michael cera

BLAP! ZLOTT! KAPOW! LEGO Batman punches its way to be one of the most entertaining DC movies yet

Batman is reeeaaally annoyed by Robin.

Fresh off the disappointing start to the expanded DC cinematic universe with Batman v Superman and Suicide Squadin swings The LEGO Batman Movie, a refreshingly funny meta action flick. Will Arnett reprises his vocal role as the caped crusader, his second feature film appearance since stealing the show in the 2014 smash hit The LEGO MovieIt was only eight months after The LEGO Movie‘s initial theatrical release that Warner Bros. announced that Arnett/Batman was to get his own flick, ultimately helmed by Robot Chicken producer Chris McKay. The quick trigger finger wasn’t without merit. Inspired by Christian Bale’s most recent take on Batman in Christopher Nolan’s Dark Knight trilogy, and with the endless ability to skewer the super hero universe and genre that have been constantly under the microscope lately, LEGO Batman was a sure bet. And, indeed, the bet paid off. The LEGO Batman Movie is a fun, frenetic, visual marvel with a little less witty humor and heart than its LEGO film predecessor. But with enough laughs and dazzling animation to ensure its blockbuster status, it also places among the best superhero films of the last few years.

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… in which our intrepid California-bred Senior Film Reviewer defies an epic winter storm and a fierce chest cold to bring you highlights from this year’s famous Park City fest.

The 2017 Sundance Film Festival ended last Saturday evening after ten days of showcasing over 200 films from around the globe; you can see all the winners here.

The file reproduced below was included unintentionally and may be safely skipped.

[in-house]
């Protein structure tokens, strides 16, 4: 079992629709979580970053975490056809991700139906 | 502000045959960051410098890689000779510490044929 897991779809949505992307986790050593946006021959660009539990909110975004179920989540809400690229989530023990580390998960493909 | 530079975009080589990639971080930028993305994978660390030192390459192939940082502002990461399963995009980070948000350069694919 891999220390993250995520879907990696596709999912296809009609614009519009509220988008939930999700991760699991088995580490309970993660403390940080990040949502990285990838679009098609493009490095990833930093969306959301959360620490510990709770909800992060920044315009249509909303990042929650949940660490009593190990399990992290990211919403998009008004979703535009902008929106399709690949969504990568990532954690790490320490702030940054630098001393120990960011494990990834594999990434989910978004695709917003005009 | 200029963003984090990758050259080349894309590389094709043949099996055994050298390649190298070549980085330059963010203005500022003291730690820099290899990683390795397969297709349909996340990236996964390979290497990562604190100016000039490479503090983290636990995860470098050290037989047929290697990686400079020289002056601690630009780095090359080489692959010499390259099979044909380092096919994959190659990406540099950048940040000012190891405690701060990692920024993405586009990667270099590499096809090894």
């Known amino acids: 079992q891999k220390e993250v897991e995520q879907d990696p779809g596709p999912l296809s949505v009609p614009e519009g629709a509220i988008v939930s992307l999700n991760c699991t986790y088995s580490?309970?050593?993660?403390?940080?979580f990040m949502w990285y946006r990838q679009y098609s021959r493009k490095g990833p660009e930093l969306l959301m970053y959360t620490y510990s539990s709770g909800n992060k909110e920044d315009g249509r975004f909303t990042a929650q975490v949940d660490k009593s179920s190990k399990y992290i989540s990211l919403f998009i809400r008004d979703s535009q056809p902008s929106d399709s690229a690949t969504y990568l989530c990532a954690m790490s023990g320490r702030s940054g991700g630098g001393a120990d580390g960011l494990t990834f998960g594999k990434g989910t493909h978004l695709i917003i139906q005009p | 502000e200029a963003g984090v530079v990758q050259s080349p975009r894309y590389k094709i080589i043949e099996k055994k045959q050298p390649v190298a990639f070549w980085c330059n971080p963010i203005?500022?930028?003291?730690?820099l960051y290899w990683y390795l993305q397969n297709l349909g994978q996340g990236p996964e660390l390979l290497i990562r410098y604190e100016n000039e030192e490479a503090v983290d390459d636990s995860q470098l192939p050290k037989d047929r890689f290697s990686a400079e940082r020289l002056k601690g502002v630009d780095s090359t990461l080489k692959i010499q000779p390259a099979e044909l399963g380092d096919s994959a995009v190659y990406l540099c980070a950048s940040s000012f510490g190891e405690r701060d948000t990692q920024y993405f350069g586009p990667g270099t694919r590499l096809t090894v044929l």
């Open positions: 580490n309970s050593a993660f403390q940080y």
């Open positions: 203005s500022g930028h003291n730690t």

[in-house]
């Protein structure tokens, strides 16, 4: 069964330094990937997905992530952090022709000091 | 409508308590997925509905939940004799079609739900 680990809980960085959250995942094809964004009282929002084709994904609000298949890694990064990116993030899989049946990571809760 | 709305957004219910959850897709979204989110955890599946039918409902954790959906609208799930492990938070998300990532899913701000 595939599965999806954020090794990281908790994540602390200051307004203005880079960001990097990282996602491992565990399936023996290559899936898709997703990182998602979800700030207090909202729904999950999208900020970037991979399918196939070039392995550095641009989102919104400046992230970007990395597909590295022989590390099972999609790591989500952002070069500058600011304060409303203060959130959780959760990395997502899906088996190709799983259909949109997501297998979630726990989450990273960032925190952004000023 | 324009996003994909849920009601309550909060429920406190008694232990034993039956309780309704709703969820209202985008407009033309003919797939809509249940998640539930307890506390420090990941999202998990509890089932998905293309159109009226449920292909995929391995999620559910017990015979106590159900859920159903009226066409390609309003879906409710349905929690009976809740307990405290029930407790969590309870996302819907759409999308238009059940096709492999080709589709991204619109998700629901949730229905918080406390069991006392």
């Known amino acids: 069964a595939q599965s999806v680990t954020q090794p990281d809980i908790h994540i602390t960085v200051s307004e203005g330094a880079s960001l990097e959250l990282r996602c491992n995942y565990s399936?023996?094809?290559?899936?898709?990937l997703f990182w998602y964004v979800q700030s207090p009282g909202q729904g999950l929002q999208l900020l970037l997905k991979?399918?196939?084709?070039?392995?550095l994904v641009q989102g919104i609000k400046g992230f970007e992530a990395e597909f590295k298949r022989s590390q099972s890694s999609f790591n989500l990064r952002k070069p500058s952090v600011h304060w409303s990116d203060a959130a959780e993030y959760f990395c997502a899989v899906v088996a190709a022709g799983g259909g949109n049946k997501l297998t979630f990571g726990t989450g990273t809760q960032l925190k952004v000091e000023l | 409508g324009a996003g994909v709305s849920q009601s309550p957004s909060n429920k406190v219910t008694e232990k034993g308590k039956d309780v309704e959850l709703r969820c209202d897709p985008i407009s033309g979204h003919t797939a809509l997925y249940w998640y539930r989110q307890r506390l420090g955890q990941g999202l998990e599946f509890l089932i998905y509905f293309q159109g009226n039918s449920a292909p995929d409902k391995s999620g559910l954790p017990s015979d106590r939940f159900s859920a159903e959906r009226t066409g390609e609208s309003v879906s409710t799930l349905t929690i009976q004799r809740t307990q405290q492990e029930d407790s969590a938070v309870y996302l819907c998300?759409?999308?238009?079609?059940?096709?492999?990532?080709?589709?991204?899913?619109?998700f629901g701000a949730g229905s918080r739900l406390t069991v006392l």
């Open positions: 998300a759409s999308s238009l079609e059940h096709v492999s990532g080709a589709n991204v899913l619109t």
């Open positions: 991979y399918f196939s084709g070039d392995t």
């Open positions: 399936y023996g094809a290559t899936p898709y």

For the third year in a row, Spinning Platters was on the (snow-covered) ground trying to take in as many movies as our limited time and budget would allow. And so we bring you the first of our posts spotlighting the 17 films we managed to squeeze in to just over five days.

Many of these may receive distribution deals (if they haven’t already), so you can know what to watch for in the coming year with these handy capsule reviews, which use our patented Sundance Viewing Priority Level (VPL) Guide:

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A profound examination of religious faith — buried deep, deep within a hilariously crude, offensive, foul-mouthed animated film.

Oh, sh*t, these foods are f**cking foul-mouthed!

Oh, sh*t, these foods are f**cking foul-mouthed!

Imagine if Toy Story was written by South Park creators Trey Parker and Matt Stone, and then sprinkled with a dash of Caligula. Even that probably doesn’t quite capture just how far Sausage Party goes in terms of it’s R-related language and content (supposedly it came close to an NC-17 rating, until they toned it down — yes, toned it down!). As advertised, the cast and creators of This is the End are back, this time to infuse their stoner, ultra-sexualized, black comedy into an animated feature. Sausage Party goes a step beyond just shock-value to deliver its laughs, serving a healthy does of side-splitting puns, curse-words, pop culture references, and hilarious characters. But Sausage Party is also an incredibly clever film. It disguises it’s more contemplative themes of divinity, the existence of an afterlife, and the triviality of religious tensions within the entertaining muck of a hilariously perverse one-note culinary joke — that anthropomorphic foods discover that they’re all doomed to be devoured by humans.